- Universal classical paddle for white water and freestyle.
- Very light and durable.
- Resistant to abrasion and contact with rocks.
- Ideal for beginners and experts.
- Tested on various competitions and expeditions.
- The blade has a carbon internal vertical bulkhead located in the central part, which makes the paddle even stronger.
Width - 19.5 cm
Length - 44 cm
Foam - yes
Weight of one blade - carbon 0.33 kg, carbon+fiberglass 0.36 kg, fiberglass 0.39 kg
The paddle is made with prepreg and hot curing technology at the temperature of 135°C.
Sergey Ilin. 2019
The whitewater season is over and I would like to give my feed back on a kayaking paddle I tested during the season. The name of the model was Hook made by the Italian company AKSU.
I already used Hook before during the filming of “Ride The Planet” in the Alps and on the expedition to the Muksu River in Tajikistan, but that paddle had a carbon/Kevlar shaft. This season I got my hands on a Hook with both a carbon shaft and carbon blades.
Ever since June, I've been paddling only with it. During this time I've had the opportunity to test out this paddle in different conditions, anywhere from the waterfalls and low volume rivers of Norway to the massive rivers in Altai and Pakistan. I've also raced with it during the Shoa River Fest, an international tournament where I placed fourth, as well as in the “King of Asia” race where I won the title of King.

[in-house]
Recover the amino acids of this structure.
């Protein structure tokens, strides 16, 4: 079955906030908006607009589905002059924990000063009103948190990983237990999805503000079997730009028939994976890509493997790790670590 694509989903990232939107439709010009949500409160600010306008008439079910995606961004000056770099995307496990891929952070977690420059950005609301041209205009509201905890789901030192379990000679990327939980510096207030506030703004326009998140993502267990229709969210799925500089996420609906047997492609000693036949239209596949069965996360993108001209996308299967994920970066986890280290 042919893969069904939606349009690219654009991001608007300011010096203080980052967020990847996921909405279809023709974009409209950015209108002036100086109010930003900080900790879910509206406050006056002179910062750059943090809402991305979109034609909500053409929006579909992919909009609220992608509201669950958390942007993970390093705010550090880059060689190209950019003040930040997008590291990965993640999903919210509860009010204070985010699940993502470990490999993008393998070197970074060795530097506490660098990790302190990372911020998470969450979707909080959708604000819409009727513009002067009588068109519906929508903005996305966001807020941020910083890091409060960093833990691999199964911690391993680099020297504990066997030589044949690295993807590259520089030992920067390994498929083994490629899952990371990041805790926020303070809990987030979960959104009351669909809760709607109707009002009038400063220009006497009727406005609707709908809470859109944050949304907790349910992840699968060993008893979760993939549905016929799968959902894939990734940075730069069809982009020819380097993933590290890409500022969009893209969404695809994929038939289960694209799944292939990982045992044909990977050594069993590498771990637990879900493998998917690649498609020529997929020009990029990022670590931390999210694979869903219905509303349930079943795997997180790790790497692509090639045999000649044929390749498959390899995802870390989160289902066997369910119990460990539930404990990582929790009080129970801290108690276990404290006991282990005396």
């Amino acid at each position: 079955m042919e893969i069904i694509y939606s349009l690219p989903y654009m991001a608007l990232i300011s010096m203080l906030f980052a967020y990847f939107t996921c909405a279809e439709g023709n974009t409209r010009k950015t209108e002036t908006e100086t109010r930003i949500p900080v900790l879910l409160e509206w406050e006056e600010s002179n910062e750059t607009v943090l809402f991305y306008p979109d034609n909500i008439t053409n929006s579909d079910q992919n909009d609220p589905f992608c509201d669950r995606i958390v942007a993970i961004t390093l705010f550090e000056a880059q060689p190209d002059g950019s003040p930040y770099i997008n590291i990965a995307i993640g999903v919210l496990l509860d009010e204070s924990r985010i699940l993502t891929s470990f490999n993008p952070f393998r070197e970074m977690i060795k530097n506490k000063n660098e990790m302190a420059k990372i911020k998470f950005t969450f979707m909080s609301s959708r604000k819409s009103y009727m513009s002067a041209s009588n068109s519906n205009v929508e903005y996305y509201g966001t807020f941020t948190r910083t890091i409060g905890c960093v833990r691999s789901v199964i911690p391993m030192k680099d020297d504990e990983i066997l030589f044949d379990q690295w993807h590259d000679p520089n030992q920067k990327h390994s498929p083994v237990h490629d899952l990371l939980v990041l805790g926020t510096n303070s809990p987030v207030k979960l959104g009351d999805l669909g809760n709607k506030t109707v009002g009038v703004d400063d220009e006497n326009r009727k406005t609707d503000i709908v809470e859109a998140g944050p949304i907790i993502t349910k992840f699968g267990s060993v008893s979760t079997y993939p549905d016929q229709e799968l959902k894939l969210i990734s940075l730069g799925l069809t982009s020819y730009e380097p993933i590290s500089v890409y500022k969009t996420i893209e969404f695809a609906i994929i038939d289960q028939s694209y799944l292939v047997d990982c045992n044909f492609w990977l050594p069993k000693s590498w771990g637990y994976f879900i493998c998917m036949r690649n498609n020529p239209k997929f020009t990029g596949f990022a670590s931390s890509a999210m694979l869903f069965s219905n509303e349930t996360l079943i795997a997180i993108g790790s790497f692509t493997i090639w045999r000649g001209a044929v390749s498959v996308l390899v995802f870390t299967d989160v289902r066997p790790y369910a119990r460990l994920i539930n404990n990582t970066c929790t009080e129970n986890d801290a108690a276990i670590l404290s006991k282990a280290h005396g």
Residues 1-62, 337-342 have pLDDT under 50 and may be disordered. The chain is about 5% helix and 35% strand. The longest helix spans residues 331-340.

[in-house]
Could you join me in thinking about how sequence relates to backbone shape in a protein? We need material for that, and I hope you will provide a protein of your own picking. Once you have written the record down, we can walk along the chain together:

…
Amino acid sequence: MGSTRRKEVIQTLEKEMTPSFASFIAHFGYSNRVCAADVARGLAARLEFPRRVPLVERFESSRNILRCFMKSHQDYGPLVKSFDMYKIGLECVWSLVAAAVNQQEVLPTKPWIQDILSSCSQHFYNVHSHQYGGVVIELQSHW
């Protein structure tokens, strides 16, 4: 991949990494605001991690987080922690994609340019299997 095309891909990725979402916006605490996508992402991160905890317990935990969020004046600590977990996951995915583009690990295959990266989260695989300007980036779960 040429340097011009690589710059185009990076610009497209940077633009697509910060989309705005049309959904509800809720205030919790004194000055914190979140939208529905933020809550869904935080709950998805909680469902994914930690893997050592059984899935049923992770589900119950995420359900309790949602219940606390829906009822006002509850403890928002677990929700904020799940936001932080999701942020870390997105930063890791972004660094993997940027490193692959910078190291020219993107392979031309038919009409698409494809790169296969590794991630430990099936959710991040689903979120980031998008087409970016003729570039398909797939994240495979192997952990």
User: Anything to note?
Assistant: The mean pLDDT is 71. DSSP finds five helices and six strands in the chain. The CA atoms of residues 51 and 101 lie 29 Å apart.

What is important in a whitewater paddle (in the order from most important to least important)?:
1. The most important element for me is a paddle's durability, as it is a critical quality for the paddler's safety. You can like your light and stylish paddle a lot, but if it breaks in the middle of the rapid it could lead to the serious consequences.
On this note, I want to say that in all my experience using any AKSU paddles, whether made from carbon or carbon/Kevlar, they've never chipped, broken, etc.
2. The power of the stroke
Since Hook is made of stiffer materials, I've never felt any deformation of the paddle while making a stroke. The power of the stroke is only slightly less than from the paddles produced by powerhouses such as Ergonom or Letmann, and the quality remains very high.
The carbon version of the paddle feels fairly light, which when considering the stiffness of the paddle, was pleasantly surprising. Although for me personally, weight doesn't play a big role in choosing a paddle.
4. Grip Comfort
The Hook's shaft isn't slippery, and gives you a reliable grip. The shaft I was using this year didn't have an ellipse shape for indexing, but even without it my paddling felt good. In the present, all AKSU shafts are manufactured with an ellipse shape under the control hand. The diameter of the shaft is 29mm, which is the average size for whitewater paddles, so the Hook will suit both the owners of daintier palms and giants with huge hands.
Overall, it's a quality product, and I liked it a lot!